WITH the dust settling after the recent decisions at the IMO’s MEPC meeting about the CO2 reduction goals for shipping, and of course the pending 2020 global sulphur cap and related noncompliant fuel carriage ban, the class society and consultancy DNV GL has issued a well timed white paper on alternative fuel selection.
The Norwegian/German organisation has been issuing a number of white papers and reports lately, highlighting its thoughts on how shipping, and global businesses will need to adapt under a growing range of regulatory, societal and environmental pressures.
In a press release the class society said that the global sulphur cap in 2020 which sees the upper limit of sulphur in fuel (when a scrubber is not being used) drop from 3.5% to 0.5% could be a gamechanger for the use of alternative fuels.
Trond Hodne, Senior Vice President, Sales & Marketing Director at DNV GL – Maritime says the white paper is set out to “offer a balanced assessment of the potential of these fuels and technologies going forward. We hope that by doing so we can add to the growing body of knowledge and enable investment decisions to be made with greater certainty and confidence.”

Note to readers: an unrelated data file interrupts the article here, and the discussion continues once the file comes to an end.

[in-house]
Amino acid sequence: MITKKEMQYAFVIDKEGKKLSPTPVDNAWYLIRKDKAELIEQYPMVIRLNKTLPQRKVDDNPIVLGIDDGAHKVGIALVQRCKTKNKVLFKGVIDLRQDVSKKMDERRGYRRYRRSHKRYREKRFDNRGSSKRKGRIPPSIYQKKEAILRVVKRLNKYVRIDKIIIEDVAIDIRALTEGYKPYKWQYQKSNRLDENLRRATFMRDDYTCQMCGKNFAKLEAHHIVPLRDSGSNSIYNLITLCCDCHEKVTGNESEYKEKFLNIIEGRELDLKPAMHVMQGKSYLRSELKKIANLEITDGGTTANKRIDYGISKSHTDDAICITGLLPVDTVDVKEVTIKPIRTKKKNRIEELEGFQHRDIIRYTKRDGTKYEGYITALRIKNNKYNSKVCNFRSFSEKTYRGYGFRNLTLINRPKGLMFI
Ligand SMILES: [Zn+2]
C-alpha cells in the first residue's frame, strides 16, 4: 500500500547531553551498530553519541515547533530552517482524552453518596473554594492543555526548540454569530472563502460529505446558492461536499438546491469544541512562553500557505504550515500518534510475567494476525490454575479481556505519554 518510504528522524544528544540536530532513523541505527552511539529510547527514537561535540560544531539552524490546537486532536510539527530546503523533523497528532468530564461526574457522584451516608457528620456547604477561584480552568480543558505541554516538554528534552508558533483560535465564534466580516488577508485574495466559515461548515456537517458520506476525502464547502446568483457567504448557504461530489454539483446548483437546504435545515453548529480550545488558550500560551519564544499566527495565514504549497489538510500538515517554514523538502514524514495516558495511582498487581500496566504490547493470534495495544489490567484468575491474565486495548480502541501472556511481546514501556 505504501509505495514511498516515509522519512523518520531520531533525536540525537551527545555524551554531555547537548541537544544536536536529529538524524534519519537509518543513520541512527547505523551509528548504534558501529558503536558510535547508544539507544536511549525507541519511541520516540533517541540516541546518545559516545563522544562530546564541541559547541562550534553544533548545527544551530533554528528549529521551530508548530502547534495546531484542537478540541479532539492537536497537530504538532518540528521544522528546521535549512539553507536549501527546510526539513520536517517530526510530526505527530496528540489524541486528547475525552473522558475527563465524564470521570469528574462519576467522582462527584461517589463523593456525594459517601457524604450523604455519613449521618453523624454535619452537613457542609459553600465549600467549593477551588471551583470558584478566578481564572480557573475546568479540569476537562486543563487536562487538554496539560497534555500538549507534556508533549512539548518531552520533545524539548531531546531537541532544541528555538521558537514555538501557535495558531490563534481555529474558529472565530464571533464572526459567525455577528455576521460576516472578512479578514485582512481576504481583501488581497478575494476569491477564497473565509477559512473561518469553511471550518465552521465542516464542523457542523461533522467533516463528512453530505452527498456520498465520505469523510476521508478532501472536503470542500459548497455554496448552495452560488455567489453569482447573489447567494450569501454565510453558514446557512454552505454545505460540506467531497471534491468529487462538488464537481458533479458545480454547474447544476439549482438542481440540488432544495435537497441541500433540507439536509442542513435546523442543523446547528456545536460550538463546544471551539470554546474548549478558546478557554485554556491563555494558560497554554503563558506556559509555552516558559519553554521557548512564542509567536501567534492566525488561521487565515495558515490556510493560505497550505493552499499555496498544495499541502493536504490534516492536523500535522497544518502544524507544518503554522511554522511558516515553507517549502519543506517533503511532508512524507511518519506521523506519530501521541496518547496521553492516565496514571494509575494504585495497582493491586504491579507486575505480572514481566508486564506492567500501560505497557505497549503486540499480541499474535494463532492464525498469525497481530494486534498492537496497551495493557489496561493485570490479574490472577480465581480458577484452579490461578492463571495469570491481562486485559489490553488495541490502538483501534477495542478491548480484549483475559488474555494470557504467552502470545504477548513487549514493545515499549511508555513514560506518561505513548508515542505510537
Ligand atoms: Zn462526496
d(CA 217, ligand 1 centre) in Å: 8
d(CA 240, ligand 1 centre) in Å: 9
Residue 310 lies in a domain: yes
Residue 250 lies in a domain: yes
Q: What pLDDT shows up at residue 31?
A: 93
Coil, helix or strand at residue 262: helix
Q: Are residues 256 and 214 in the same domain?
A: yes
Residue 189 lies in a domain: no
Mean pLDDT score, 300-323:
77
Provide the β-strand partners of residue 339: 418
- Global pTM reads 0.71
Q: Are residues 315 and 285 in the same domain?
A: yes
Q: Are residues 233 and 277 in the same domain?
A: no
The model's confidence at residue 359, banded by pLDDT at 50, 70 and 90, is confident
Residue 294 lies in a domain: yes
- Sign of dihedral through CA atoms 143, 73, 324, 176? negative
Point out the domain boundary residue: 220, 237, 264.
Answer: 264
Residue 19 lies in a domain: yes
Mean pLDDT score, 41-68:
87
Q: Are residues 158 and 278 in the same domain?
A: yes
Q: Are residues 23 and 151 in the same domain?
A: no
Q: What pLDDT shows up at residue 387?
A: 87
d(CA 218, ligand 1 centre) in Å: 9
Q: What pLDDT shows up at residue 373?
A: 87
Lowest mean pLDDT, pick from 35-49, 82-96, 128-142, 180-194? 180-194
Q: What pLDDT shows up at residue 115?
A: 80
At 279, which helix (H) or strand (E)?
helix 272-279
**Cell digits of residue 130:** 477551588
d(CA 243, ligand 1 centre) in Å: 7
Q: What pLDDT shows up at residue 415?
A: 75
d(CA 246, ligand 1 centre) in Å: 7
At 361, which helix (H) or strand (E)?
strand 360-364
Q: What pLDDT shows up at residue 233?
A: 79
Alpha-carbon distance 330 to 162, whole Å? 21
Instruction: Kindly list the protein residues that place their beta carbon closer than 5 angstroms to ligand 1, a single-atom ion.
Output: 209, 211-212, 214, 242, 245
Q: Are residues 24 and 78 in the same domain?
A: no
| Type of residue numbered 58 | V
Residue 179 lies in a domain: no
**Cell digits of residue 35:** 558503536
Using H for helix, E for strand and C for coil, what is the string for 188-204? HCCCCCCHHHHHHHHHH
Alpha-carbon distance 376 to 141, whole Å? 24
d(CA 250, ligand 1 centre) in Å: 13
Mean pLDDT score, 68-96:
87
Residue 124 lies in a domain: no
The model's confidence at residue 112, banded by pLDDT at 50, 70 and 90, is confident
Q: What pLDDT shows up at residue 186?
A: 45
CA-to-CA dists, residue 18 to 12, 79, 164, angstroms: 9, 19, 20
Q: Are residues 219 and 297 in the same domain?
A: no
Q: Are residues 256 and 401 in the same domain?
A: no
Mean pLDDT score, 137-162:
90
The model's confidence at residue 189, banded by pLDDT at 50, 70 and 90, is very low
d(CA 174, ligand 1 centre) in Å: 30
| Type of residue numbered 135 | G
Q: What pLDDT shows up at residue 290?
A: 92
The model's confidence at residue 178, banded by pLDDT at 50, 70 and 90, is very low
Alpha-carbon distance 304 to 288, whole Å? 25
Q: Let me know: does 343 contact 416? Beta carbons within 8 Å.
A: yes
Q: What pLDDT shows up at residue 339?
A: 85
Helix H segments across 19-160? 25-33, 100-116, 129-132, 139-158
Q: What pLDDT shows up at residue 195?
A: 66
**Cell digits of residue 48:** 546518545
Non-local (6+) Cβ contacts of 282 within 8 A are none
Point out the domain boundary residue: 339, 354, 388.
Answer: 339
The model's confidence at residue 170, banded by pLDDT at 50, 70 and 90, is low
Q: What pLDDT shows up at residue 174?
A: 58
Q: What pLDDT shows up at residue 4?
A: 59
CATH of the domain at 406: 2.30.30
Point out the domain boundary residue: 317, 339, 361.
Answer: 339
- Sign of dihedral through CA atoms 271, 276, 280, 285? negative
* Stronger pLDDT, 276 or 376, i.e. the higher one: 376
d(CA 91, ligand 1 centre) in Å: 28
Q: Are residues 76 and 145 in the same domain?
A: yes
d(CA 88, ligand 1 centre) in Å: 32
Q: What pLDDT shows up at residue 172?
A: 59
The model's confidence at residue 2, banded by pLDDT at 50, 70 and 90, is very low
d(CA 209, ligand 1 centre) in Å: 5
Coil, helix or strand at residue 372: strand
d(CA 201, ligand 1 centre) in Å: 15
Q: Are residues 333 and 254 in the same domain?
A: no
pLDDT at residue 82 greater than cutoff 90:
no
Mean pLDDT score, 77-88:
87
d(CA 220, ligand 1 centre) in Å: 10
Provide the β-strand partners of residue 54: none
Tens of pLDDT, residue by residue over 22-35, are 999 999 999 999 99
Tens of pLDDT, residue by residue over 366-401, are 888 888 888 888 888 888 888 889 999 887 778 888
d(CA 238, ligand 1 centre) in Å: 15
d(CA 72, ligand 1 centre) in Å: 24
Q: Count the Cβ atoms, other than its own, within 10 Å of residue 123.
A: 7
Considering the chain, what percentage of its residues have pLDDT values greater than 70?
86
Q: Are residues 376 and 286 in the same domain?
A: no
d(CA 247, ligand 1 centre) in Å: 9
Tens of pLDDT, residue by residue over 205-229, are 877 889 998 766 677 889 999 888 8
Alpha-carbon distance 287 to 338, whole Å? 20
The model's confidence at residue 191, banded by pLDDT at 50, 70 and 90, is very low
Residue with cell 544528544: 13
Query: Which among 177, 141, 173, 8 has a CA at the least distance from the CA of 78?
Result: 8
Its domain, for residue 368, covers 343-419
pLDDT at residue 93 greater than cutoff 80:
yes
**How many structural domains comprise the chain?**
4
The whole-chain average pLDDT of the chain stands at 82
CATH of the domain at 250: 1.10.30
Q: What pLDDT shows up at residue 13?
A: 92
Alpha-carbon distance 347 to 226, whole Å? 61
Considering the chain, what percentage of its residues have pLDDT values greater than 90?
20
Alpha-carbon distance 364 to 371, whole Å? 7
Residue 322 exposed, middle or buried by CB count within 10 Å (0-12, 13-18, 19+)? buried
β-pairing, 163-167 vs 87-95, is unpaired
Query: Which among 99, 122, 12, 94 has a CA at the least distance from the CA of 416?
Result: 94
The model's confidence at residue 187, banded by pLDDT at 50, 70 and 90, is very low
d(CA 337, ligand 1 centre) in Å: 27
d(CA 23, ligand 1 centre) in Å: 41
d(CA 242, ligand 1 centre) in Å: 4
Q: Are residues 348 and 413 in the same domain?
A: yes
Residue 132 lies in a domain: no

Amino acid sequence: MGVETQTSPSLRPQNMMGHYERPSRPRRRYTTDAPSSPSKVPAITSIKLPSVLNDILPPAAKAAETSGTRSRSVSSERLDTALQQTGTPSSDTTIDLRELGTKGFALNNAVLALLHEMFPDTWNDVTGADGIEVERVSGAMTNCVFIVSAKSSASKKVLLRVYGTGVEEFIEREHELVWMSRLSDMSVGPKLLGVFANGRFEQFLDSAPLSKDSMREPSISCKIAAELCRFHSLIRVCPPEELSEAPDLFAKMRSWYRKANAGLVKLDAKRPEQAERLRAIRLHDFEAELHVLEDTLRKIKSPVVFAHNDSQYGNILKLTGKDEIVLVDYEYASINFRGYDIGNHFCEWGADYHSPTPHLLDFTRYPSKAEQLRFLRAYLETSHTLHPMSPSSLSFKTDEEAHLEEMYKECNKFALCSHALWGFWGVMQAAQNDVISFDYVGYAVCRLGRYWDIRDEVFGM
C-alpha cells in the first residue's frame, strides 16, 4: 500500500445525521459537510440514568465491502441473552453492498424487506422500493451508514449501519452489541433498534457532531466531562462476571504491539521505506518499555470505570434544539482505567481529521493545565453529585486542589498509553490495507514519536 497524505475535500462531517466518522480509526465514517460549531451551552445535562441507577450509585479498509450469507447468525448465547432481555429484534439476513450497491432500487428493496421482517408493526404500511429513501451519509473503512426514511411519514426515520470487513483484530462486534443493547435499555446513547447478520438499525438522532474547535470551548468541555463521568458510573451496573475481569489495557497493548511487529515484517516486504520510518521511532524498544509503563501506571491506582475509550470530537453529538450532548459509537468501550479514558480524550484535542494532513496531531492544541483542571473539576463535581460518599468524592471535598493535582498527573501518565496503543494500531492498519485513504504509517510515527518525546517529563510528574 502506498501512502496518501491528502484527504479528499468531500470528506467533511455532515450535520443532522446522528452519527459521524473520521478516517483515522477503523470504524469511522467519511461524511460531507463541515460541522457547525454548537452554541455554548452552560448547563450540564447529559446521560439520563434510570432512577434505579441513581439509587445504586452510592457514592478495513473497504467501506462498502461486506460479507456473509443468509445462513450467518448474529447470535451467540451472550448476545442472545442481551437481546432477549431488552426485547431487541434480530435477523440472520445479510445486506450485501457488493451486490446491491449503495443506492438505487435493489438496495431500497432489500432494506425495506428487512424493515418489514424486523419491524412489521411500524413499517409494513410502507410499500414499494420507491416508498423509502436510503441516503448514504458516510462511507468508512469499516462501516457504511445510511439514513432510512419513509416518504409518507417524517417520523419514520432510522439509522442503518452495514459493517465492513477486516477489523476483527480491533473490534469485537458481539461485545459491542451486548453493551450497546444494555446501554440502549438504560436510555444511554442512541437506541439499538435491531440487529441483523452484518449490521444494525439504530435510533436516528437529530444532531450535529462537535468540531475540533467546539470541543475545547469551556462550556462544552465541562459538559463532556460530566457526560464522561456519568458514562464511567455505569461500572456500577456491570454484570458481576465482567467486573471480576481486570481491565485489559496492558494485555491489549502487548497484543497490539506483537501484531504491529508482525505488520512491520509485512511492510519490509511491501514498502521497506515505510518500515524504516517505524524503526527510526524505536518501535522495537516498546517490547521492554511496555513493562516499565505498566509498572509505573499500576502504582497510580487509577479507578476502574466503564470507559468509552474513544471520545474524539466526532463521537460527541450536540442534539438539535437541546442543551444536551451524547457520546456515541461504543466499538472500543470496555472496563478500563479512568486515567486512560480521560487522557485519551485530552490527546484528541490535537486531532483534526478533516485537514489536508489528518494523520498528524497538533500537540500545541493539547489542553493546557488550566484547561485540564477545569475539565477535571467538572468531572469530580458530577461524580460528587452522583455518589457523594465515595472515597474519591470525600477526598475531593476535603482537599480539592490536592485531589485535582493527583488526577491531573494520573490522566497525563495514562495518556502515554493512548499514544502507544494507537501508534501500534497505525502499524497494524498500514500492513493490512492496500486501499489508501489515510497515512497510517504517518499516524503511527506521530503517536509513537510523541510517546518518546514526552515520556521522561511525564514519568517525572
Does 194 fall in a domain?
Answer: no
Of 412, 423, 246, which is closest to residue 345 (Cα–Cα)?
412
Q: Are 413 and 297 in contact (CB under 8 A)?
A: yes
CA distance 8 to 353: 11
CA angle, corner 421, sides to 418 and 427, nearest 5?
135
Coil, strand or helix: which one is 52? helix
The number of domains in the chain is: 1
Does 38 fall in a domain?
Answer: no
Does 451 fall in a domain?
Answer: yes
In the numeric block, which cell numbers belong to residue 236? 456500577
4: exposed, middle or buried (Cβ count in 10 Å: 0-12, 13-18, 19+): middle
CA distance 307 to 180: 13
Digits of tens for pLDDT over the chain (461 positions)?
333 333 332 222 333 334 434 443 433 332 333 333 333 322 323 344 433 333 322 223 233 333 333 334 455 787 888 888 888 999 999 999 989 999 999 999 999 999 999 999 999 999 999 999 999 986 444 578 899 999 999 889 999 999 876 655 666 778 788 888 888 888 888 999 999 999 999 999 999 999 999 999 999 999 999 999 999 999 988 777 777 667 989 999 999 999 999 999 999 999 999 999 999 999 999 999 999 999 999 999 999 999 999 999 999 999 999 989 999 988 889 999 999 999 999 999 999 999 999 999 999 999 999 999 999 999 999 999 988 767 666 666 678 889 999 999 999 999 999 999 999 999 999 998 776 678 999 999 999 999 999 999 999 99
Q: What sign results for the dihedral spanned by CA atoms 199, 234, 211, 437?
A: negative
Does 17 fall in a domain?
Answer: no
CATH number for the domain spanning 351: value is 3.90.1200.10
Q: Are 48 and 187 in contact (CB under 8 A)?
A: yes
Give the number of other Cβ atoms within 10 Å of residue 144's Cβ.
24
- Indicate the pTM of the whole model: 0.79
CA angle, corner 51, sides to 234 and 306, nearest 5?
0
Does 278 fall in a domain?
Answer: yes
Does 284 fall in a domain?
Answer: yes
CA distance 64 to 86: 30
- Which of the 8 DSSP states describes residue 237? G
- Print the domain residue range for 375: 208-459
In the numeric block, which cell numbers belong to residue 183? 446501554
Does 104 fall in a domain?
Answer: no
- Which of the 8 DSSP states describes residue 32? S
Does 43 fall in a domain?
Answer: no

Fuels and power sources covered include LNG, LPG, methanol, biofuel, hydrogen, battery systems, fuel cell systems, and wind-assisted propulsion.
DNV GL sees the newbuilding market as a major driver for alternative fuel take up, while in the immediate years after 2020 mos vessels in service will switch to low sulphur conventional fuels or switch to using scrubbers to continue using (hopefully cheaper for those taking this route) high sulphur fuel oils-